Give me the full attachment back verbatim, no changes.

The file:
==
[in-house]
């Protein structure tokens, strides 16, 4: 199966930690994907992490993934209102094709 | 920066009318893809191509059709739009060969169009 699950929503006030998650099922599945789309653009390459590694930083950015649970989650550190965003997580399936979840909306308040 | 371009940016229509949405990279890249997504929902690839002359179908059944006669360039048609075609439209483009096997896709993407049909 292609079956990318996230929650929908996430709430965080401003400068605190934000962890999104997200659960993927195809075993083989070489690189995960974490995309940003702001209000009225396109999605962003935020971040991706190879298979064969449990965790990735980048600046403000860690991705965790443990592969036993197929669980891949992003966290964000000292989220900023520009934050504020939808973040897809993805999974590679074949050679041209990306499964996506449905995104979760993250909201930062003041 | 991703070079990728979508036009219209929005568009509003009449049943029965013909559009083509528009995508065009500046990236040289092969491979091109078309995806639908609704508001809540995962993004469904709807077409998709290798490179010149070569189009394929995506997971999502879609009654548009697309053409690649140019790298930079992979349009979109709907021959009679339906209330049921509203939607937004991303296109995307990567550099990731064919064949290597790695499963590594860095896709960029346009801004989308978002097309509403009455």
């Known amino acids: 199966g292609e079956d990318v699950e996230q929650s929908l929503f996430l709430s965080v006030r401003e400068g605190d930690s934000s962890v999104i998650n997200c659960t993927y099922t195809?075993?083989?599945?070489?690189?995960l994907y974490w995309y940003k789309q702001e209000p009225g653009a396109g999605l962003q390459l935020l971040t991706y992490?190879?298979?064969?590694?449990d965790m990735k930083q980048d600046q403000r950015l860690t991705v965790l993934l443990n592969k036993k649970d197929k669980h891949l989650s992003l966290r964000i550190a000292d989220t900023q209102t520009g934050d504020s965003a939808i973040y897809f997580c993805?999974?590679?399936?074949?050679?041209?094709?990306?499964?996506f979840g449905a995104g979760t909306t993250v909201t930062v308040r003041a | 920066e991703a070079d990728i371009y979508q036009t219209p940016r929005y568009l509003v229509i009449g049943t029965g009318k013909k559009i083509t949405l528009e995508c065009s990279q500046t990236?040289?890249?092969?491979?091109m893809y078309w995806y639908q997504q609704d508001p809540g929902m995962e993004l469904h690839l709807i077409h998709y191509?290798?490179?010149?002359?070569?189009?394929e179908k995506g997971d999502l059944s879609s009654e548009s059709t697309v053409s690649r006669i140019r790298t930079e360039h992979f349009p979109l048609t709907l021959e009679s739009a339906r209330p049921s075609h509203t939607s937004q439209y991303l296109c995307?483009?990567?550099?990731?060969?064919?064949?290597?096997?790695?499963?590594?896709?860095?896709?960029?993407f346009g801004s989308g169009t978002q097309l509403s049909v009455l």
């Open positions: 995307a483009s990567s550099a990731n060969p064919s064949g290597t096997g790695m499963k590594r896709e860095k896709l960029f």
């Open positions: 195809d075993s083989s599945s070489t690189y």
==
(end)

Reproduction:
[in-house]
């Protein structure tokens, strides 16, 4: 199966930690994907992490993934209102094709 | 920066009318893809191509059709739009060969169009 699950929503006030998650099922599945789309653009390459590694930083950015649970989650550190965003997580399936979840909306308040 | 371009940016229509949405990279890249997504929902690839002359179908059944006669360039048609075609439209483009096997896709993407049909 292609079956990318996230929650929908996430709430965080401003400068605190934000962890999104997200659960993927195809075993083989070489690189995960974490995309940003702001209000009225396109999605962003935020971040991706190879298979064969449990965790990735980048600046403000860690991705965790443990592969036993197929669980891949992003966290964000000292989220900023520009934050504020939808973040897809993805999974590679074949050679041209990306499964996506449905995104979760993250909201930062003041 | 991703070079990728979508036009219209929005568009509003009449049943029965013909559009083509528009995508065009500046990236040289092969491979091109078309995806639908609704508001809540995962993004469904709807077409998709290798490179010149070569189009394929995506997971999502879609009654548009697309053409690649140019790298930079992979349009979109709907021959009679339906209330049921509203939607937004991303296109995307990567550099990731064919064949290597790695499963590594860095896709960029346009801004989308978002097309509403009455």
């Known amino acids: 199966g292609e079956d990318v699950e996230q929650s929908l929503f996430l709430s965080v006030r401003e400068g605190d930690s934000s962890v999104i998650n997200c659960t993927y099922t195809?075993?083989?599945?070489?690189?995960l994907y974490w995309y940003k789309q702001e209000p009225g653009a396109g999605l962003q390459l935020l971040t991706y992490?190879?298979?064969?590694?449990d965790m990735k930083q980048d600046q403000r950015l860690t991705v965790l993934l443990n592969k036993k649970d197929k669980h891949l989650s992003l966290r964000i550190a000292d989220t900023q209102t520009g934050d504020s965003a939808i973040y897809f997580c993805?999974?590679?399936?074949?050679?041209?094709?990306?499964?996506f979840g449905a995104g979760t909306t993250v909201t930062v308040r003041a | 920066e991703a070079d990728i371009y979508q036009t219209p940016r929005y568009l509003v229509i009449g049943t029965g009318k013909k559009i083509t949405l528009e995508c065009s990279q500046t990236?040289?890249?092969?491979?091109m893809y078309w995806y639908q997504q609704d508001p809540g929902m995962e993004l469904h690839l709807i077409h998709y191509?290798?490179?010149?002359?070569?189009?394929e179908k995506g997971d999502l059944s879609s009654e548009s059709t697309v053409s690649r006669i140019r790298t930079e360039h992979f349009p979109l048609t709907l021959e009679s739009a339906r209330p049921s075609h509203t939607s937004q439209y991303l296109c995307?483009?990567?550099?990731?060969?064919?064949?290597?096997?790695?499963?590594?896709?860095?896709?960029?993407f346009g801004s989308g169009t978002q097309l509403s049909v009455l």
């Open positions: 995307a483009s990567s550099a990731n060969p064919s064949g290597t096997g790695m499963k590594r896709e860095k896709l960029f």
């Open positions: 195809d075993s083989s599945s070489t690189y």